As for the religious nickname, let’s go back to MacWorld, in January 2007. Steve Jobs walks on stage and demonstrates the “iPod of phones”. The audience reacts with such religious fervor that, for a while, wags call Steve’s latest miracle the Jesus phone. (I could go on and call AT&T’s network the iPhone’s cross, but I won’t.)

Back to 2009, for the past week, we’ve had the strongest wave to date of rumors and speculation regarding Apple’s second coming (after the Newton, see below) into the tablet space. Putting such froth down would be ignoring the desire, the hope behind the agitation. The Greater We seems to want something bigger than and iPhone and smaller than a 13” MacBook, currently Apple’s smaller laptop.

Great, but what for? More

The Real iPhone 1.0

Saint Peter offers a choice of hells to a recently dematerialized high-tech tycoon (pick your favorite sinner) with a long list of transgressions. The basic one, fire, floggings, and the premium one, plenty of music, drink, food and other pleasures of the flesh. Said tycoon picks the fun venue, Saint Peter pulls a lever, the industrialist falls to the one and only fiery hell. Agitated, feeling cheated, the sinner demands to know about the other hell, the eternal party.
Saint Peter: It’s a demo!

The joke comes to mind as I watch Steve Jobs introduce the iPhone on stage at San Francisco’s MacWorld Expo, on January 9th, 2007.
It is too good to be true, especially the part about running OS X. The demo looks magical, as with most of Steve’s acts. The iPhone looks like one shocking product. But is it real? Nothing specifically aimed at the demonstrator, I’ve seen – and given – too many demos, it’s a sinner speaking.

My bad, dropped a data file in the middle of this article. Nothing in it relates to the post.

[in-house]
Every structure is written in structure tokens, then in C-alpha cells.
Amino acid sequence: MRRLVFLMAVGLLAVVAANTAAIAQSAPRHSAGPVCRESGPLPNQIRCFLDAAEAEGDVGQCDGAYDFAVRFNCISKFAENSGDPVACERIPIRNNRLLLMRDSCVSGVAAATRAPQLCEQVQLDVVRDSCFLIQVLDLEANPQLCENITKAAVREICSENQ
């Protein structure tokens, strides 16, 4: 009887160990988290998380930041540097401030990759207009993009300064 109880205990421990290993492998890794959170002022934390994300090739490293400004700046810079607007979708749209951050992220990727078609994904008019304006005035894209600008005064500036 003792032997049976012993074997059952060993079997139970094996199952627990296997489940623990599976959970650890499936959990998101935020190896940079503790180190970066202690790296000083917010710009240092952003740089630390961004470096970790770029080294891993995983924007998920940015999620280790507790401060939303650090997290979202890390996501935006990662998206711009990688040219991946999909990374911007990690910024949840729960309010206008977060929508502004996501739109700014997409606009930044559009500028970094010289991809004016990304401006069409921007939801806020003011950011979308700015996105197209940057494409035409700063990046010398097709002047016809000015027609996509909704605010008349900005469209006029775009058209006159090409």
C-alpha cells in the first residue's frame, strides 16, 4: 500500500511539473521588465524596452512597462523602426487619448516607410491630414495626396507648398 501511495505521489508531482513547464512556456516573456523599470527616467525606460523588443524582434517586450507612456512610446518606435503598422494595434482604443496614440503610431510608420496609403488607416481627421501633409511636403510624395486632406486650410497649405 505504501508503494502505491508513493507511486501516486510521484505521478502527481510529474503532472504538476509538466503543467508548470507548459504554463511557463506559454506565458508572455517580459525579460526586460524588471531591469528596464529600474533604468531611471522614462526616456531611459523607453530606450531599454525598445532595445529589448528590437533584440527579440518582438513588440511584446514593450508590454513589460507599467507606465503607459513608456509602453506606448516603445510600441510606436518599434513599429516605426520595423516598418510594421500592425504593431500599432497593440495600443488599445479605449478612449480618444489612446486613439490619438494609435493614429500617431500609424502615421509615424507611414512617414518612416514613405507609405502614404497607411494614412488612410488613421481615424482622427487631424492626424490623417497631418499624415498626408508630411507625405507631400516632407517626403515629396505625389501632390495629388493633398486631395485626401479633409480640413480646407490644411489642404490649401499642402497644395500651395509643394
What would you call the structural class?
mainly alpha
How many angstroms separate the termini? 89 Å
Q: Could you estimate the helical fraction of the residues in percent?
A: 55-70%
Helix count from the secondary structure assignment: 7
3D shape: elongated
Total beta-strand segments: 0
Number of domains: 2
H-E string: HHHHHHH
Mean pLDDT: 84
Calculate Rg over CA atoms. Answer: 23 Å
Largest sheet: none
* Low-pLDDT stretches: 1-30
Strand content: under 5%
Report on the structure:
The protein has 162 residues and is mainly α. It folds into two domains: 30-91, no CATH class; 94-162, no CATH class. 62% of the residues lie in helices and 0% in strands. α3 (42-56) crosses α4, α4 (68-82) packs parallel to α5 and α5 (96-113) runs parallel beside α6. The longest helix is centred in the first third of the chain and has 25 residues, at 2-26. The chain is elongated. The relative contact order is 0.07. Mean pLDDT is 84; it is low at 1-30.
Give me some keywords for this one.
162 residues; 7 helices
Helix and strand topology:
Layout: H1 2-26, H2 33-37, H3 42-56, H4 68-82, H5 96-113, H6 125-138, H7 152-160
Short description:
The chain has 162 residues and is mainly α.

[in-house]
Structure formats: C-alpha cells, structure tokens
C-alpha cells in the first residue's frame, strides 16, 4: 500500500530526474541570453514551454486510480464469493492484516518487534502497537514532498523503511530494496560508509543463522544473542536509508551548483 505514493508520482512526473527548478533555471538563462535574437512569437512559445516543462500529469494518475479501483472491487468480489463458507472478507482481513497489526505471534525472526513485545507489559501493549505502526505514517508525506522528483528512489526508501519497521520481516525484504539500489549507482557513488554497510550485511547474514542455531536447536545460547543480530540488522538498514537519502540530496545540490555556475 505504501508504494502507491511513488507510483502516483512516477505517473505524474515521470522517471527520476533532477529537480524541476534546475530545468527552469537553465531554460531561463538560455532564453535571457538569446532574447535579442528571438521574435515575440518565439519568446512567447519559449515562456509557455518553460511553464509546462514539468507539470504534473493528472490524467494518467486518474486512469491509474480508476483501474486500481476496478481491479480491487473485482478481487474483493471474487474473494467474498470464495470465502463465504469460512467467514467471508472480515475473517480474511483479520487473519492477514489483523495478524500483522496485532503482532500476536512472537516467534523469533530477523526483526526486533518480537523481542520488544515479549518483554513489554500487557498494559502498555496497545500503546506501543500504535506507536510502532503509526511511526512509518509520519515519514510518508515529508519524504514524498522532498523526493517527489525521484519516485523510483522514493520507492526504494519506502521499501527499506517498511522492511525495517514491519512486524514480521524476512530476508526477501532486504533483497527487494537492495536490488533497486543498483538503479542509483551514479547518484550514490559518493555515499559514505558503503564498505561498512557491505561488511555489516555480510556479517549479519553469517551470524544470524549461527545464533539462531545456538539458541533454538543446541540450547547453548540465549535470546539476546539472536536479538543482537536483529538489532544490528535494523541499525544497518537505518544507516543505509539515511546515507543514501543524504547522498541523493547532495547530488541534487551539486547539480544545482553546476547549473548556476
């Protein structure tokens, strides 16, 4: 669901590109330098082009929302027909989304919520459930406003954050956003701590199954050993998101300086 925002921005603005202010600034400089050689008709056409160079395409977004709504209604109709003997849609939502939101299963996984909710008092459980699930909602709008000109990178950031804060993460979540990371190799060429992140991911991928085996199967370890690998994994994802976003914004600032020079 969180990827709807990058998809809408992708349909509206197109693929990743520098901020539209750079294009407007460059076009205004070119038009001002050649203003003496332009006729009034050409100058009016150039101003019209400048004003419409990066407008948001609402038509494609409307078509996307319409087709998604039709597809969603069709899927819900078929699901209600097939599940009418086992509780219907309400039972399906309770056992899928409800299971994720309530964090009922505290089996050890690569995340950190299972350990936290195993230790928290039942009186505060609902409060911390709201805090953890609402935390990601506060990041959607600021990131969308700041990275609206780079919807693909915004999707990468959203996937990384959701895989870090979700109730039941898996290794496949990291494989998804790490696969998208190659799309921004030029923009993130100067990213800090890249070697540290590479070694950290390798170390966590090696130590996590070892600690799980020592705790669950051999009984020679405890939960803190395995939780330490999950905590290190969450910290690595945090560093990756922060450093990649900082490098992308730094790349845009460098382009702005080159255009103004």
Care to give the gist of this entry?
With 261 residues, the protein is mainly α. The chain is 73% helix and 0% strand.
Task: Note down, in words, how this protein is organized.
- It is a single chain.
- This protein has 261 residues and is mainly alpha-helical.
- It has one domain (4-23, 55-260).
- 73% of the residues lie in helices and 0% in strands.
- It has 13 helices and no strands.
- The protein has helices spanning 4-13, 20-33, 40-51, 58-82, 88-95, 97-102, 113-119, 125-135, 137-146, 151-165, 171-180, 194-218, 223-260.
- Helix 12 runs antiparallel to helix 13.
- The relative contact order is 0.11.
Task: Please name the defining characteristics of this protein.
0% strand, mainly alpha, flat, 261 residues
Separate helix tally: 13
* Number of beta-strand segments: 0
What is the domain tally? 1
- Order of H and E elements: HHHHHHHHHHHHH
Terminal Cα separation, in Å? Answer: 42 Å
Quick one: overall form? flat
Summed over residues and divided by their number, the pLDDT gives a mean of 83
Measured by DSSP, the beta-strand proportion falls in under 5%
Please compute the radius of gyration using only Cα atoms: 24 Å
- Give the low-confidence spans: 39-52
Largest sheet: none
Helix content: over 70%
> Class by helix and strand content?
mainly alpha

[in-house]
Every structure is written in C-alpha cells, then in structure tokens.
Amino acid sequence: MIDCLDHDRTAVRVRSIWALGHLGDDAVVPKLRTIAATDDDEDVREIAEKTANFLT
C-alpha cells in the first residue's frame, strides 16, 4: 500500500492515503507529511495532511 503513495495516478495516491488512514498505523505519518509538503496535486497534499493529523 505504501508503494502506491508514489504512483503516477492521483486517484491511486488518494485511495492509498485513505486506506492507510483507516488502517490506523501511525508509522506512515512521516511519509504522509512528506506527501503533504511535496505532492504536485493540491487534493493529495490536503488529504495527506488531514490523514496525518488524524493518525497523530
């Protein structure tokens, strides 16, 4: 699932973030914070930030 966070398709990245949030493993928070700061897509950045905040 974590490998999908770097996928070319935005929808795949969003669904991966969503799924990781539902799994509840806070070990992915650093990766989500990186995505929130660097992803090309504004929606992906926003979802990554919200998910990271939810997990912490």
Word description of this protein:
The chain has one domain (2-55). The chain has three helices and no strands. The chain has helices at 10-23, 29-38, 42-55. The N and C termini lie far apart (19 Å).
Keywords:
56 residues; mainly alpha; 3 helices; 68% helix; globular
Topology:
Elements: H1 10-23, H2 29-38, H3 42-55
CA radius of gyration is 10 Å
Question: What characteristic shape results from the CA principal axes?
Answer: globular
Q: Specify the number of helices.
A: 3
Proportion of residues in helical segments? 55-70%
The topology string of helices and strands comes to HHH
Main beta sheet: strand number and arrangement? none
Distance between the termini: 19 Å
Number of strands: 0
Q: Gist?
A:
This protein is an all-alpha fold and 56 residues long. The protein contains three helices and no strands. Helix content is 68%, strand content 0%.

Six months later, I’m relieved. The first iPhones ship, enterprising programmers manage to inspect the firmware’s insides and, yes, it is OS X. A trimmed-down version, of course, but the core of the iPhone’s software engine is the genuine article. More

Fun AT&T numbers

by Jean-Louis Gassée

AT&T can’t seem to catch a break. A couple of weeks ago, at All Things Digital, an industry conference, Randall Stephenson, AT&T’s Chairman, got the audience to snicker and roll eyes. The conference is held by the Wall Street Journal, led by its digital guru, Walt Mossberg and, “by invitation only”, $5K a pop, gathers movers, shakers and wannabes of what is now broadly called the digital media industry.
Mr. Stephenson was on stage, answering Walt Mossberg apparently softball questions. But, when you look more closely, Walt applies a trial attorney’s precept: Only ask questions for which you already know the answers, let the jury see how the witness responds. We were the jury as Walt asked the AT&T top dog about its wireless network performance problems. The witness got off to a decent start: “Yes, when the iPhone 3G came out we weren’t ready.” Then, he proceeded to claim things had significantly improved. That’s when the snickering started. In Silicon Valley, we all know the blank spots, the bad 3G coverage, right in the heart of high-tech’s garment district. See the full interview here.

Later, Stephenson committed a faux pas of Detroit proportions: he claimed everything (phone, Internet connection, TV) worked well when he moved to his new home in Texas. Really? AT&T’s Chairman, CEO and President gets a good connection? In a further misguided attempt to connect with his audience, he even mentioned his Apple TV. Clearly, he’s one of us, a discerning Apple customer… More